Perinatal outcomes of fetal pleural effusion following thoracoamniotic shunting

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The aim is to evaluate perinatal outcomes of fetal pleural effusion after thoracoamniotic shunting.


This was a retrospective study of 68 singleton pregnancies with massive fetal pleural effusion that underwent thoracoamniotic shunting between 1999 and 2012 at Asan Medical Center, Seoul, Korea. Through a review of medical records, we investigated perinatal outcomes according to the presence of fetal hydrops and identified prognostic factors by stepwise multivariate logistic regression analysis.


Of the 68 pregnancies, three were lost to follow-up and two fetuses died in utero. The median gestational age at shunting was 28.3 weeks (range, 18.5–34.1 weeks). Of the 65 fetuses, 50 (76.9%) were hydropic, of which hydrops resolved following shunting in 29 fetuses (58.0%). Among the 63 live births, the median gestational age at delivery was 33.6 weeks (range, 26.2–40.0 weeks), with 36 fetuses (57.1%) delivered preterm. The overall survival rate was 75.4% (49/65), and in a subgroup analysis, the survival rate was highest for non-hydropic fetuses (14/15, 93.3%), followed by fetuses whose hydrops resolved (25/29, 86.2%) and remained after shunting (10/21, 47.6%).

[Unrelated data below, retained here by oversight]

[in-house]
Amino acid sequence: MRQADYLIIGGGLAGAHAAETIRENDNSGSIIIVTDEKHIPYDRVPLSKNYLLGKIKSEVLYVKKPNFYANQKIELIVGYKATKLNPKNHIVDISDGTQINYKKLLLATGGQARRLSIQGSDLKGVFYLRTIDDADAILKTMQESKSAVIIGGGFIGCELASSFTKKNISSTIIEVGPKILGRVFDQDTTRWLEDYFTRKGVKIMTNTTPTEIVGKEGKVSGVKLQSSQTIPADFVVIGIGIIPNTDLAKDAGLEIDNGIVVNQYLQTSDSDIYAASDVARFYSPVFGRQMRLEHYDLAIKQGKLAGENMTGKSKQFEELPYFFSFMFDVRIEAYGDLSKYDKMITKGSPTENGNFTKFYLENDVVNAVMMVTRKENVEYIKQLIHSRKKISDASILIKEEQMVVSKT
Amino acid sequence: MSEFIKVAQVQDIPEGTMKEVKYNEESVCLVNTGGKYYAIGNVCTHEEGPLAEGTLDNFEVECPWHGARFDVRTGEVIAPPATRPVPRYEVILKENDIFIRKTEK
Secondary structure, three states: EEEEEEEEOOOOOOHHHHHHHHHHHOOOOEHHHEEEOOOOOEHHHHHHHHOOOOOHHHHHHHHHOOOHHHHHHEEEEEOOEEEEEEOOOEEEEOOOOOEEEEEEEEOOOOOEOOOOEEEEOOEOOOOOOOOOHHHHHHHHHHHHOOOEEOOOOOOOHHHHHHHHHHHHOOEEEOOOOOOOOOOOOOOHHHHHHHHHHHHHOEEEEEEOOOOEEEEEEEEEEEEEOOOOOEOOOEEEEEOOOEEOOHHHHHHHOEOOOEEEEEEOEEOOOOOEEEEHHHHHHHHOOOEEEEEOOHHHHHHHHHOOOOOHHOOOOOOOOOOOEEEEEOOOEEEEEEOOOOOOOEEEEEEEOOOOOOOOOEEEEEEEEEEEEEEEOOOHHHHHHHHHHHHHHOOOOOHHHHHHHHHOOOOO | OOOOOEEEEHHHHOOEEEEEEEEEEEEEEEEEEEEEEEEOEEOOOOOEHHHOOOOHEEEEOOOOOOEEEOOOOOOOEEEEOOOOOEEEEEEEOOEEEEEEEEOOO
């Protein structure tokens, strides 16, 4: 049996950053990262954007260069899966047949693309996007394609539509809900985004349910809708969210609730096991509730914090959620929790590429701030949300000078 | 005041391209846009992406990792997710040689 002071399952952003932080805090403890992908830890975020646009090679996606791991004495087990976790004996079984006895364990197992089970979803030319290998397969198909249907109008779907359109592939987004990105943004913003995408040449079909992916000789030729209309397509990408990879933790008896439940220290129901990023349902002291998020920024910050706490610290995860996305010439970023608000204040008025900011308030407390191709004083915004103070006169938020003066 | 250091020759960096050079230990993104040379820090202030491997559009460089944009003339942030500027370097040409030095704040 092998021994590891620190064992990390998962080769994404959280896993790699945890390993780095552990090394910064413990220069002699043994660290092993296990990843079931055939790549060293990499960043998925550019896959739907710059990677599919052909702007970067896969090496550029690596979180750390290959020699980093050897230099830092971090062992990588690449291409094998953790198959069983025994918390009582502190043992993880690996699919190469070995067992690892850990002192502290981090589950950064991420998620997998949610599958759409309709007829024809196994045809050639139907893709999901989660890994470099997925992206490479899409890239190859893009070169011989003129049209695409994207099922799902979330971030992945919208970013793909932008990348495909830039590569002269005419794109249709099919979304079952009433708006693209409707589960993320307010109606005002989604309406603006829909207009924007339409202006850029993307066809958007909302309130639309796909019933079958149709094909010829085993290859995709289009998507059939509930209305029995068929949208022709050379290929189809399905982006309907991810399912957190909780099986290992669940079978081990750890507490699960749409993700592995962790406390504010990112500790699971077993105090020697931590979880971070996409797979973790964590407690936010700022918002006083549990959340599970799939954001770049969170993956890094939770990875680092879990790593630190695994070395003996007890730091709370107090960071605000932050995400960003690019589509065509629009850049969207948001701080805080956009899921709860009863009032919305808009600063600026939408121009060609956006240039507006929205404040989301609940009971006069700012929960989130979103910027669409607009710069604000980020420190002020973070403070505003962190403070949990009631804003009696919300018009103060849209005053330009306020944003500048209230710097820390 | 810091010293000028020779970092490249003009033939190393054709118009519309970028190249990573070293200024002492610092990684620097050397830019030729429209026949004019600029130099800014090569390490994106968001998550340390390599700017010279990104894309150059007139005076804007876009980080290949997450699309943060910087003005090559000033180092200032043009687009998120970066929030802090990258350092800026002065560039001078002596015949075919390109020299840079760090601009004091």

Thoracoamniotic shunting can be helpful for fetuses with massive pleural effusion. While fetal hydrops can occur in such cases, perinatal outcomes can be improved by successful shunting. © 2015 John Wiley & Sons, Ltd.

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